Less literal readings of Genesis 6:4 see the reference in that passage to the intermarriage of "sons of God", meaning the godly descendants of Seth or to people faithful to God generally, with "daughters of men", meaning the godless descendants of Cain, or to people who are not faithful to God generally.[11] This less literal reading is the one adopted, in contrast to 1 Enoch and the Book of Jubilees, by the pseudepigraphic second part of the Book of Adam and Eve.[12]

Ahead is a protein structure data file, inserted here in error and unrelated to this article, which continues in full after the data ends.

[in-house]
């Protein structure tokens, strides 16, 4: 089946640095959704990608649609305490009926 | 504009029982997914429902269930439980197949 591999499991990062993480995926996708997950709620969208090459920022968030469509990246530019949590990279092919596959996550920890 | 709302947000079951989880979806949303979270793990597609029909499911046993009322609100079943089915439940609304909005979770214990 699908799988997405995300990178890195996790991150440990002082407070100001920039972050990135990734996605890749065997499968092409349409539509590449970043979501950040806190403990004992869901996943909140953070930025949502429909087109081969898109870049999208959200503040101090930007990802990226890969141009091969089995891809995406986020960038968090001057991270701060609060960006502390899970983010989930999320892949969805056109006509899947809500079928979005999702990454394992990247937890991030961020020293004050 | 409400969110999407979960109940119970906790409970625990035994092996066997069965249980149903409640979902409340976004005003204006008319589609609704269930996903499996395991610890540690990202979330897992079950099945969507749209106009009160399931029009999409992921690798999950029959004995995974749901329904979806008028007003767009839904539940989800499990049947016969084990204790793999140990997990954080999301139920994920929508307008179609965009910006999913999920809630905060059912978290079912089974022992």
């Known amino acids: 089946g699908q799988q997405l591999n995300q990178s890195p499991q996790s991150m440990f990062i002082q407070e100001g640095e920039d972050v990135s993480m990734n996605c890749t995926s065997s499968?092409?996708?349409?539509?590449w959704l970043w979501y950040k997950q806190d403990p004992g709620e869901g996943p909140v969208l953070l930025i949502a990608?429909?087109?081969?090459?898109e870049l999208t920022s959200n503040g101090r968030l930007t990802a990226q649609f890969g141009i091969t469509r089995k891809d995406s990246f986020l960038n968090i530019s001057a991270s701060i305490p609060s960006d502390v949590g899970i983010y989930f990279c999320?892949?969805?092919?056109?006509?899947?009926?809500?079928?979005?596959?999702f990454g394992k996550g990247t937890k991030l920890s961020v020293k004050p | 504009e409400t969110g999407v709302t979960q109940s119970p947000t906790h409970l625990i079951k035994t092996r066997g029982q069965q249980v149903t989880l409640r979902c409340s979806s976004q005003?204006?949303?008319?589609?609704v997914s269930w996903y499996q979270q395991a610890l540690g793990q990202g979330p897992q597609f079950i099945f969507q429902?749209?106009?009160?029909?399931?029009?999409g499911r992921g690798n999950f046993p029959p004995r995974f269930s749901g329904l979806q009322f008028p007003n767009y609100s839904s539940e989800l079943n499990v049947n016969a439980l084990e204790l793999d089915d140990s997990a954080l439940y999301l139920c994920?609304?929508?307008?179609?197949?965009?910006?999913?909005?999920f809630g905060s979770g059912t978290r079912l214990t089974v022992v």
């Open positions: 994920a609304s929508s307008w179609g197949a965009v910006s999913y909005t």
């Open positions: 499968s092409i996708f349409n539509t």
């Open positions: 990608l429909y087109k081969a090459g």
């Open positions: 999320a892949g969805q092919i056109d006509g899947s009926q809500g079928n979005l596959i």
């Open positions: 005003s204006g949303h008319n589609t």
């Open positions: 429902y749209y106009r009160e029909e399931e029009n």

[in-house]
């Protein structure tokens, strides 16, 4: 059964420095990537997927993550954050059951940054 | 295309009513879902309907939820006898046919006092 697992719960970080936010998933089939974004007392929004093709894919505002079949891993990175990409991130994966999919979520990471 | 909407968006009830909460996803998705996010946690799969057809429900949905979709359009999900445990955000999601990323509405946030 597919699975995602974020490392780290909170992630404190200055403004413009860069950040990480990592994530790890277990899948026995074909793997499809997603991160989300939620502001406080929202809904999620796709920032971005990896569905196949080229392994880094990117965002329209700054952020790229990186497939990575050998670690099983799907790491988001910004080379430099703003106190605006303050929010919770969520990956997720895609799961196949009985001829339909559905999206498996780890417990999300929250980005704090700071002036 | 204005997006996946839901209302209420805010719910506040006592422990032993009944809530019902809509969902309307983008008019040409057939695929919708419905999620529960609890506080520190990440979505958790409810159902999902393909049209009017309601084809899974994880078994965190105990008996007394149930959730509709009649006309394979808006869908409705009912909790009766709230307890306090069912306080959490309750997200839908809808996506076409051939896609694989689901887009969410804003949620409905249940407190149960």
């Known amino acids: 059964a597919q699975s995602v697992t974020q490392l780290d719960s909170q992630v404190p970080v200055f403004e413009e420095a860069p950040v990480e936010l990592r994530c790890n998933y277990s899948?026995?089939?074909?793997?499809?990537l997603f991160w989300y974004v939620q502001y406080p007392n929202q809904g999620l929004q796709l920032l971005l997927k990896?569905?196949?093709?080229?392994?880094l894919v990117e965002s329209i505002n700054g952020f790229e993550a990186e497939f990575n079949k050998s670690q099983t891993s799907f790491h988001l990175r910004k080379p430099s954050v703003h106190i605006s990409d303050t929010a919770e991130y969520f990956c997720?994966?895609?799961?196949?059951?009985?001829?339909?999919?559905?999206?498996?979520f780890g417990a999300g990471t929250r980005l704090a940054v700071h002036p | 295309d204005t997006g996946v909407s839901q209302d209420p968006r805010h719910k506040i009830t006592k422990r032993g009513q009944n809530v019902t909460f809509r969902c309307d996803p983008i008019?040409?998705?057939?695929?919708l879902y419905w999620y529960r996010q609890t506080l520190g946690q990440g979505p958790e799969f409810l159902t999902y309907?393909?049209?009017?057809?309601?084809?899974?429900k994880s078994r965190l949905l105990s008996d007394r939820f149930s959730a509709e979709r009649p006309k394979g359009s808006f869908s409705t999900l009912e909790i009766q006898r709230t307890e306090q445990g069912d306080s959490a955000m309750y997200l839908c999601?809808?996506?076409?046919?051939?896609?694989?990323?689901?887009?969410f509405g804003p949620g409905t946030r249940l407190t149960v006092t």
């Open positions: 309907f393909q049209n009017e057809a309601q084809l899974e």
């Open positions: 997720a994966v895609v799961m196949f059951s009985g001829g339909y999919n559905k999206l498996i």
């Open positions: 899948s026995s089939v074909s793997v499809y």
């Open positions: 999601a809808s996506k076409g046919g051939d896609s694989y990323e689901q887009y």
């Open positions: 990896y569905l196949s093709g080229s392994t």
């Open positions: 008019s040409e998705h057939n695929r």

These interpretive issues are salient in Christian theology because in the context of a less literal reading of the phrase "sons of God", statements about Jesus being the "son of God" in the New Testament have the potential to take on a very different meaning than the literal meaning ascribed to those statements in the doctrine of almost all modern Christian denominations. In the less literal reading, it is a statement not about the personal divinity of Jesus, but about his ancestry or his faithfulness to Jewish law which brings him and other others who do so closer to God.[13]